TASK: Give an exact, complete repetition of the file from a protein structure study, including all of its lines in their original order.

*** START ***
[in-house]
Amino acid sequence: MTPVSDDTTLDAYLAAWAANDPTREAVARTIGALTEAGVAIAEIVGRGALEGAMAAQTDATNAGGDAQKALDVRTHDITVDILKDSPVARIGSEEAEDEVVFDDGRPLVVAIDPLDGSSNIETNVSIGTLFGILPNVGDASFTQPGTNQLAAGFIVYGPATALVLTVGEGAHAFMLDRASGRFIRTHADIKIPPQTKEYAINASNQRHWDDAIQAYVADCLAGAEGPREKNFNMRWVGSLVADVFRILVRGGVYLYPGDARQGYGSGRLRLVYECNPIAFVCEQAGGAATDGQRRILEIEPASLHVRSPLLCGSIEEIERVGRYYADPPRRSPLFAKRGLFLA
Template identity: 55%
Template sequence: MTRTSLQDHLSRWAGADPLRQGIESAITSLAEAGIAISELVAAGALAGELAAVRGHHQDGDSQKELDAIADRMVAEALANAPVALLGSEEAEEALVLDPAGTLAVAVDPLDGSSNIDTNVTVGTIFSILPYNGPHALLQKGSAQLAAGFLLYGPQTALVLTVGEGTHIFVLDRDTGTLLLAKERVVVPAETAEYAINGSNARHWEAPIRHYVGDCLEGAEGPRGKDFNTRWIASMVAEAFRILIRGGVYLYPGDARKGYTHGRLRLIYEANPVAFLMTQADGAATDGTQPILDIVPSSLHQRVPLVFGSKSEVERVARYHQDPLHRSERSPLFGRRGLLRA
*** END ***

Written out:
[in-house]
Amino acid sequence: MTPVSDDTTLDAYLAAWAANDPTREAVARTIGALTEAGVAIAEIVGRGALEGAMAAQTDATNAGGDAQKALDVRTHDITVDILKDSPVARIGSEEAEDEVVFDDGRPLVVAIDPLDGSSNIETNVSIGTLFGILPNVGDASFTQPGTNQLAAGFIVYGPATALVLTVGEGAHAFMLDRASGRFIRTHADIKIPPQTKEYAINASNQRHWDDAIQAYVADCLAGAEGPREKNFNMRWVGSLVADVFRILVRGGVYLYPGDARQGYGSGRLRLVYECNPIAFVCEQAGGAATDGQRRILEIEPASLHVRSPLLCGSIEEIERVGRYYADPPRRSPLFAKRGLFLA
Template identity: 55%
Template sequence: MTRTSLQDHLSRWAGADPLRQGIESAITSLAEAGIAISELVAAGALAGELAAVRGHHQDGDSQKELDAIADRMVAEALANAPVALLGSEEAEEALVLDPAGTLAVAVDPLDGSSNIDTNVTVGTIFSILPYNGPHALLQKGSAQLAAGFLLYGPQTALVLTVGEGTHIFVLDRDTGTLLLAKERVVVPAETAEYAINGSNARHWEAPIRHYVGDCLEGAEGPRGKDFNTRWIASMVAEAFRILIRGGVYLYPGDARKGYTHGRLRLIYEANPVAFLMTQADGAATDGTQPILDIVPSSLHQRVPLVFGSKSEVERVARYHQDPLHRSERSPLFGRRGLLRA